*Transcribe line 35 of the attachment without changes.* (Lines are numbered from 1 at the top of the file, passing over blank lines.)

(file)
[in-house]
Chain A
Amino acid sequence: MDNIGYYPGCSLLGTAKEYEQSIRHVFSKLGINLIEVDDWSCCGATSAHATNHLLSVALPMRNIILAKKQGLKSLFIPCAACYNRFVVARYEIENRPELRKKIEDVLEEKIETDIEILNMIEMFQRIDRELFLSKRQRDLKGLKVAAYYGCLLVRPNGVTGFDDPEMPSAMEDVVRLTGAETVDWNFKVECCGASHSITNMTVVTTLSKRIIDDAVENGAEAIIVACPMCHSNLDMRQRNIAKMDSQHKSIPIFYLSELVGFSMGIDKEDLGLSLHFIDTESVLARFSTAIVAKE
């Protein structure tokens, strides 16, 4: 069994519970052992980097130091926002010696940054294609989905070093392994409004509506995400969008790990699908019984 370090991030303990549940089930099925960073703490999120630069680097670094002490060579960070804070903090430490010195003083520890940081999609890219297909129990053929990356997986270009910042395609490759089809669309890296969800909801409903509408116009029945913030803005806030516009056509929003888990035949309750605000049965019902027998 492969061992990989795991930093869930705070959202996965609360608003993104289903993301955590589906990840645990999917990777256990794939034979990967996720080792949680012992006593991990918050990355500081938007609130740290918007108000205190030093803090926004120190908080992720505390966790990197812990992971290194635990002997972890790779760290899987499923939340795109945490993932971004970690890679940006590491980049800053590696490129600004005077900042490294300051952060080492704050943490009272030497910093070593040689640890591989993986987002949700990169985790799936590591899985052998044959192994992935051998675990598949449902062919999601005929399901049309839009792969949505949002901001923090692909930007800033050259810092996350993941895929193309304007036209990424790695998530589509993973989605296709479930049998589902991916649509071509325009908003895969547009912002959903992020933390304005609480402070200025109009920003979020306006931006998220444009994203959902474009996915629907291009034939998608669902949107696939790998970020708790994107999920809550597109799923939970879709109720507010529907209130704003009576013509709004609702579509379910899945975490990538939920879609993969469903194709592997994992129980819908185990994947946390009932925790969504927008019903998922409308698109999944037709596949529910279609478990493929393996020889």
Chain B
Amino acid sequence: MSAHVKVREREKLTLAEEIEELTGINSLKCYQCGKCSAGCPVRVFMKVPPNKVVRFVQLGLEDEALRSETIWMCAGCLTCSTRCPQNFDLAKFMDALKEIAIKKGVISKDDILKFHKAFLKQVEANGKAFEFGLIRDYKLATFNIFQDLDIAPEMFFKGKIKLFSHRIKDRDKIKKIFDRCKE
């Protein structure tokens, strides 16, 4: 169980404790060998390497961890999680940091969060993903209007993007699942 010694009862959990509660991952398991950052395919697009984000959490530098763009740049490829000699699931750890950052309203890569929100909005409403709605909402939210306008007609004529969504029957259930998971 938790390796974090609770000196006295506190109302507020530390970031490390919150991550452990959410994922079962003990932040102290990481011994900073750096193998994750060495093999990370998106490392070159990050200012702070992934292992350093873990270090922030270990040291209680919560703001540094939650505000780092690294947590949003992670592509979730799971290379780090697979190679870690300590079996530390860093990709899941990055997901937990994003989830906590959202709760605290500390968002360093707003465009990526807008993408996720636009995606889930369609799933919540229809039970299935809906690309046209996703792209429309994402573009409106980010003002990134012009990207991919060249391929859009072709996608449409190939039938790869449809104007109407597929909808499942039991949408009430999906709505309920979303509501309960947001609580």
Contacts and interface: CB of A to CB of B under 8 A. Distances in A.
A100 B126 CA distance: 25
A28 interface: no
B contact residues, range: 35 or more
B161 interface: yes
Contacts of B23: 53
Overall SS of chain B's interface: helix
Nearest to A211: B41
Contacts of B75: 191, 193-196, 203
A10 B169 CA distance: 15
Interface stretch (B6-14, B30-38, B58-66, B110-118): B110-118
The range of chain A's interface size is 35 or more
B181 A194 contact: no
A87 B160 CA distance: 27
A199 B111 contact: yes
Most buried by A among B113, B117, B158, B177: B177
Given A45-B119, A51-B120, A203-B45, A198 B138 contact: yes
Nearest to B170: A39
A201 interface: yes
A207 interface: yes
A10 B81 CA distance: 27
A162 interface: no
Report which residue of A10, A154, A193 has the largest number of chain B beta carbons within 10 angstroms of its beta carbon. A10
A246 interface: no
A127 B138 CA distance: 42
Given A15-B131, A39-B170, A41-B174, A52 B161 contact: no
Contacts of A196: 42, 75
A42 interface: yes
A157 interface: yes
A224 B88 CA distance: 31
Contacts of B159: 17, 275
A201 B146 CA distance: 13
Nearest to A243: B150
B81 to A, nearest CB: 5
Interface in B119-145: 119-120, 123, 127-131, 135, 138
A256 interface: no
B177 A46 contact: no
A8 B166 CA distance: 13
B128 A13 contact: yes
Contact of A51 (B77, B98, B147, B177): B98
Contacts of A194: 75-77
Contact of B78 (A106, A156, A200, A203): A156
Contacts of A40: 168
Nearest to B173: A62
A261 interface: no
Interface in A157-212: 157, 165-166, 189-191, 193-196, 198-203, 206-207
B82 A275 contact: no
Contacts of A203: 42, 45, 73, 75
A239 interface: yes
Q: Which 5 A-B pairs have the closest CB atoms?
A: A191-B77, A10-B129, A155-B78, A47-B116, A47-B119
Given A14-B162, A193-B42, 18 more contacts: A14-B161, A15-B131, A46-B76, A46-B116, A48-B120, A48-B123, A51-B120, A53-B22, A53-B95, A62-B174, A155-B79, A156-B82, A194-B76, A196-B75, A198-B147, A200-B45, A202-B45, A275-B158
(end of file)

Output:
A42 interface: yes